UN climate talks scramble to reach a deal

Durban conference extended as 194 nations try to reach a deal on how to deal with global warming over the coming decade.

Carbon emissions climate
Environmentalists have been campaigning in Durban to press for an agreement [Reuters]

UN climate talks have been extended as environment ministers haggle over proposals for a new pact to roll back the threat from greenhouse gases.

Negotiations entered an unscheduled 13th day in South Africa on Saturday after all-night wrangling over the text of a possible agreement.

“The concern now is that time is extremely short,” said European Union Climate Commissioner Connie Hedegaard, spearheading the drive for a legally binding accord by 2015 covering the world’s major carbon polluters.

Earlier drafts at the meeting said negotiations should not begin until 2015, and should not take effect until 2020.

“We still have a lot of text that is not there. It is very difficult to discuss one piece without the other, because in the end the things are interconnected,” said Hedegaard.

Maite Nkoana-Mashabane, the South African foreign minister, suspended talks late on Friday after a coalition of island
nations, developing states and the EU objected to a text that they said lacked ambition.

It was then agreed that talks would continue into Saturday. 

The EU has been rallying support for its plan to set a date of 2015 at the latest for a new climate deal that would impose binding cuts on the world’s biggest emitters of heat-trapping gases.

Any deal could then come into force up to five years later.

Legal responsibility

The crux of the dispute among the 194 nations is how binding the legal wording in the final document will be. The initial draft spoke of a “legal framework”, which critics said committed parties to nothing.

The new draft changed the language to “legal instrument”, which implies a more binding commitment, and says a working group should draw up a cuts regime by 2015.

It also turns up pressure on countries to act more quickly to come up with emission cut plans.

A vital clause of the non-binding Kyoto Protocol mandating carbon cuts expires at the end of 2012.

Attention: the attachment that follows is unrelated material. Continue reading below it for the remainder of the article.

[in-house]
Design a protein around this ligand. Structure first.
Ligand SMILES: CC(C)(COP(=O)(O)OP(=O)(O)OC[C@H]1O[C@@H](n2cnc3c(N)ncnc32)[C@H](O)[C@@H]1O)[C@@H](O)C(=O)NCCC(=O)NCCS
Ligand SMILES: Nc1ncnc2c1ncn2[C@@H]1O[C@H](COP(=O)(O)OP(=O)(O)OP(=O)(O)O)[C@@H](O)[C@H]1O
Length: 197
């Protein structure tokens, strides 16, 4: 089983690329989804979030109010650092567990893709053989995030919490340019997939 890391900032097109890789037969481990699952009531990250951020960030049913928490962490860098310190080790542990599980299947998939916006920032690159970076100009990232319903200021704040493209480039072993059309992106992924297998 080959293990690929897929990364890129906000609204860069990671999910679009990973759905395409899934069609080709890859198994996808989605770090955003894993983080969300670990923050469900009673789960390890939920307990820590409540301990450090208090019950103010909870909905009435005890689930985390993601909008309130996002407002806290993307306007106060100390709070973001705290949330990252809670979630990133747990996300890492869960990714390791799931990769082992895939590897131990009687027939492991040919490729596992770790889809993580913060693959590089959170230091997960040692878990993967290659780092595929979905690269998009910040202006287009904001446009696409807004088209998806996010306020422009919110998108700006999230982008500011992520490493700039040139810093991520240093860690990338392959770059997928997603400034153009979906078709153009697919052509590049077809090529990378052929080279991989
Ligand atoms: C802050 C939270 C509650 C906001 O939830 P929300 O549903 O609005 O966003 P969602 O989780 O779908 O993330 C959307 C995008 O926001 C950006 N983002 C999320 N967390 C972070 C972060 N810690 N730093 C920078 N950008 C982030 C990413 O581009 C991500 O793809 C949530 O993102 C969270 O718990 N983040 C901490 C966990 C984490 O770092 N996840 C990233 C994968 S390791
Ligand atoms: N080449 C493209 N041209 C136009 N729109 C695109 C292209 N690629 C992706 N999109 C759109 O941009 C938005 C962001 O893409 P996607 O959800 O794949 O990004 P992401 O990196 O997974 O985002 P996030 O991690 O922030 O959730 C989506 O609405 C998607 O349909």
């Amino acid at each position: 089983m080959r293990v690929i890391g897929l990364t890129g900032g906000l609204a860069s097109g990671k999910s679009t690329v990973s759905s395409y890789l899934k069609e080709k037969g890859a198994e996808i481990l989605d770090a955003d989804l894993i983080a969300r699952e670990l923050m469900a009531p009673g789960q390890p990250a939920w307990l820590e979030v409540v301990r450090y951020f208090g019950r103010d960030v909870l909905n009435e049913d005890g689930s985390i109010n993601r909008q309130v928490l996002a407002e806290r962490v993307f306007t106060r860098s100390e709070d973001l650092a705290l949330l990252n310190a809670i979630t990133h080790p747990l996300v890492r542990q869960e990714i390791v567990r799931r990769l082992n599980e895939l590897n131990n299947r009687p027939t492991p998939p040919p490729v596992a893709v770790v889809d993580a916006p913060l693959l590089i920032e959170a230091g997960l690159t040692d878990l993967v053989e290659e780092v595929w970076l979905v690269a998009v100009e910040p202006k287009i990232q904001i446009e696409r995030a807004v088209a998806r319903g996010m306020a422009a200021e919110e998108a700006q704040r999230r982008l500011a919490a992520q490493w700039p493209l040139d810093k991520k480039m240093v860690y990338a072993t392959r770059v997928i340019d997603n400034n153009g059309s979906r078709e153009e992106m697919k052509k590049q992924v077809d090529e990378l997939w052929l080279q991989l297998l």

While the EU has said it is open to signing an updated protocol, it wants assurances that the world’s biggest emitters will sign too.

Al Jazeera’s Jonah Hull, reporting from Durban, said countries are “stuck” in their discussions on whether or not to hold future talks on an updated protocol.

“At this point there are two groups very split,” he said. 

“On the one side an unlikely alliance between the US, Brazil, India and China – for different reasons resisting the idea of those talks and a future deal, on the other side the EU and just about everyone else wants to get them off the ground as soon as possible.”

China, India and the US together account for about half of the world’s carbon emissions.

Financing concerns

Rich countries have pledged up to $100bn a year by 2020 to aid poor states most directly affected by rising global temperatures to adapt their economies and protect themselves from adverse weather.

Critics, howeer, said it could remain a hollow promise unless there was also agreement on where the actual funds came from and how the money was spent.

The US has haggled over the source of long-term financing and how to measure the needs of poorer countries.

When asked how much money could be available, US envoy Todd Stern said most donor countries were waiting for the fund to get up and running before making contributions.

Stern also rejected the accusation that Washington wanted to delay discussions on emission cuts until after 2020.

“It’s nonsense to suggest that what we are doing is proposing a kind of hiatus in dealing with climate change until after 2020,” Stern told reporters, adding that the US supported a “process” for a future agreement.

China has said that it wants the fund set up before it would make its domestic climate efforts binding under an international agreement from 2020.

Other important developing countries also wanted the fund’s design agreed to in Durban. If a fund is agreed, its impact may not be felt for many years.

“Even if the fund is established this week, then practical realities will likely limit its impact for a number of years,” Nick Robins, climate change analyst at HSBC, explained.
“It will take at least 12 months to set up and the appraisal process means it will probably not be spending until 2015.”

Source: Al Jazeera, News Agencies